Call for Heroes: Pompolic Wars is about, well, actually I’m not sure because there is no story or even dialogue in the game (just a backstory in the manual, and who reads the manual?). Yeah, a role-playing game with no NPC interaction. You’ll need to read through the manual, since Call for Heroes: Pompolic Wars lacks a tutorial or an explanation of the icons used in the game, as the game lacks tool-tips of any kind. Usually a hallmark of role-playing games, character customization is non-existent: you get to choose between two characters (a male “warrior” or a female “amazon”) that only differ in their special abilities. The title of the game should be Call for Hero, since you are really just one character and are never given backup against the AI. The one lone feature the game does have is a map and model editor, although I can’t really figure out how to use it. The game, which is single-player only, spans fifteen levels where you must collect all of the Dark Souls present in the level. There is an indicator showing the proximity to the nearest Dark Soul, so it’s just a matter of grinding through enemies and backtracking a lot through each map. The more Dark Souls you collect, the more they hurt your character; this makes the game easier at the beginning of each level. The levels are more like first person shooter maps in their design instead of a linear exploration type map that we see more of in role-playing games.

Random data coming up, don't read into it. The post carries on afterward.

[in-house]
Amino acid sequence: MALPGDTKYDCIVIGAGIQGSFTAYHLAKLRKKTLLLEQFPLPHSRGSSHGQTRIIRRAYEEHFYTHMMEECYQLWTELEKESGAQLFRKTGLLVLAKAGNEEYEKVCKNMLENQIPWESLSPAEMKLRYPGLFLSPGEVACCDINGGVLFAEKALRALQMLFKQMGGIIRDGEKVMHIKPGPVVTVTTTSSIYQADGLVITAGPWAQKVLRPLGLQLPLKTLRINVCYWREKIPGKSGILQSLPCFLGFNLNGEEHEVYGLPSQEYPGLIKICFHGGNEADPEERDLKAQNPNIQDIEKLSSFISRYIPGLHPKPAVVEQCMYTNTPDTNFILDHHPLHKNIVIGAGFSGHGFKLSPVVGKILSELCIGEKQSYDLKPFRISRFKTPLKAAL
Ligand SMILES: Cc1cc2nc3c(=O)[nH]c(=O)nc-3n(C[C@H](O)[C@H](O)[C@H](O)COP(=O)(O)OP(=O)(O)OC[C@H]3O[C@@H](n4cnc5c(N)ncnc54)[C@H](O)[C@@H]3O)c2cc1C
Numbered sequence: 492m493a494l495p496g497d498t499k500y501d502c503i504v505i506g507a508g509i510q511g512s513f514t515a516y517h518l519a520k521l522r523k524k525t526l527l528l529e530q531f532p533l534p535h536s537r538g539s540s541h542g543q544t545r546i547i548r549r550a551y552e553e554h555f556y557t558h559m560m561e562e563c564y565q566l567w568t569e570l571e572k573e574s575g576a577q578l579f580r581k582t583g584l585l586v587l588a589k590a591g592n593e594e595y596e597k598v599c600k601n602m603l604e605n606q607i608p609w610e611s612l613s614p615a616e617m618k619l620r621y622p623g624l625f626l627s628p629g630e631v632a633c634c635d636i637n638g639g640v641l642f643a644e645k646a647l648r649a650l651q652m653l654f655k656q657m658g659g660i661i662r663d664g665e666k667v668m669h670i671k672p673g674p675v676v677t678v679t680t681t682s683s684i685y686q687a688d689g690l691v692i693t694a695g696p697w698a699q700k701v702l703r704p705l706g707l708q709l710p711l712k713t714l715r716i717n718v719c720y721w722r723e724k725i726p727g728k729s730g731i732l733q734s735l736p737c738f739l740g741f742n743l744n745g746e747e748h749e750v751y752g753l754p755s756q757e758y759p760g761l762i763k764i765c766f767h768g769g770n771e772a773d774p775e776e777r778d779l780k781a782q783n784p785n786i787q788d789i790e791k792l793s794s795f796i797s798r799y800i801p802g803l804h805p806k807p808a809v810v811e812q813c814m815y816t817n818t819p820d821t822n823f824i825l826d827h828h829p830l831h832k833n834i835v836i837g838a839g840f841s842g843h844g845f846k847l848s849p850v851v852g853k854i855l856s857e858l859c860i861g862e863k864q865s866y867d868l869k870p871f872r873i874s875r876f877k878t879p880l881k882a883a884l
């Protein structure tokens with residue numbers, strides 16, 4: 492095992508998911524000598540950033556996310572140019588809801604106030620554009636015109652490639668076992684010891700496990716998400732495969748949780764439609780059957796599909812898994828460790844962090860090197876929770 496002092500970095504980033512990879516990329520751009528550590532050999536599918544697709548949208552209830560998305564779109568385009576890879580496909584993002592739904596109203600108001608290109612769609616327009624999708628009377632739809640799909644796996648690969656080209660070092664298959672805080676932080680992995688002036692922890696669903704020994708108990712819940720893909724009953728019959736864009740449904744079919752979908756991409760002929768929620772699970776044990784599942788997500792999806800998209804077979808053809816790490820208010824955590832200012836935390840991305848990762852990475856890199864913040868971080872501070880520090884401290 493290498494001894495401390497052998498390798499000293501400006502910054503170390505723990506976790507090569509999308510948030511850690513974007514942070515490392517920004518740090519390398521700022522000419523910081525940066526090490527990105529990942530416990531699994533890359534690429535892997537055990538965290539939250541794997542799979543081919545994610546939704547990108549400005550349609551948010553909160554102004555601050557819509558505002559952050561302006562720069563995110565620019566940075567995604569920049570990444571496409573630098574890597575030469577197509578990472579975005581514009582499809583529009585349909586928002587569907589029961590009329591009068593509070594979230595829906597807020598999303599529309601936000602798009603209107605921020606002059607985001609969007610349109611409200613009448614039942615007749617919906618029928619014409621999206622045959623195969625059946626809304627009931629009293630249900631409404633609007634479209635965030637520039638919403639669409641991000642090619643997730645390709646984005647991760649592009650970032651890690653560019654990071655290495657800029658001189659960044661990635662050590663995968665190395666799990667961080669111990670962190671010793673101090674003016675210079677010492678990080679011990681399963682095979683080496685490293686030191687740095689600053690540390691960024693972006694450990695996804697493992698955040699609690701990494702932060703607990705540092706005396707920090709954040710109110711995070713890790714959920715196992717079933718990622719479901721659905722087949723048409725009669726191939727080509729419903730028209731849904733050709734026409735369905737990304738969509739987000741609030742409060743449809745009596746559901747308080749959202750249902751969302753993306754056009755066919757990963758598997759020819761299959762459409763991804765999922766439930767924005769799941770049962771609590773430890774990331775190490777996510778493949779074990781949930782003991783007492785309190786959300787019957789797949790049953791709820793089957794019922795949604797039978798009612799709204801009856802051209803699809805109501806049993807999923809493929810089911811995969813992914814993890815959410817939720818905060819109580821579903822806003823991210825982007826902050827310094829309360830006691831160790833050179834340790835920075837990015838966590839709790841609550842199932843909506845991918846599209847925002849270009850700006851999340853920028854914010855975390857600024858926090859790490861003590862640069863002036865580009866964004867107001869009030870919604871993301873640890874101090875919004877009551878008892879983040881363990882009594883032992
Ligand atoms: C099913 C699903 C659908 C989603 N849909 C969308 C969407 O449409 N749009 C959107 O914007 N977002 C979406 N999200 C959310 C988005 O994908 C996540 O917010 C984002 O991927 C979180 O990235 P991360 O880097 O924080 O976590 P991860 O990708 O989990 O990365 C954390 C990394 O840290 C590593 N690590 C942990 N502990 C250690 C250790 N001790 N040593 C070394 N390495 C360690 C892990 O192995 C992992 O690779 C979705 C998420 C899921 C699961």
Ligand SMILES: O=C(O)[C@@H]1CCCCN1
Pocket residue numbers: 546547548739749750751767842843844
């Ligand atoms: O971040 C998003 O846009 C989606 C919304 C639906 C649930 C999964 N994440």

Call for Heroes: Pompolic Wars uses the mana convention found in most role-playing games; here, it acts as ammunition for every weapon. Yes, every single weapon in the game, no matter how basic, requires mana to use it. Why do you need mana to swing an axe? I’m not sure. Each level has numerous health vials, and you will need them because the odds are greatly stacked against you with tons of enemies to defeat. Even worse, the enemies respawn in a seemingly random fashion, most of the time right next to you and you won’t know they are there until they attack you. This is made worse by the fact that you’ll probably forget some Dark Souls and need to backtrack. The enemies are difficult because they gang up on you in strong numbers, and being limited in your weaponry by the mana requirement (which is only replenished by picking up vials) means you’ll be using inadequate weapons more often than not. The enemy AI is not good: they just shoot and move towards you most of the time, but if they did actually think the game would be downright impossible.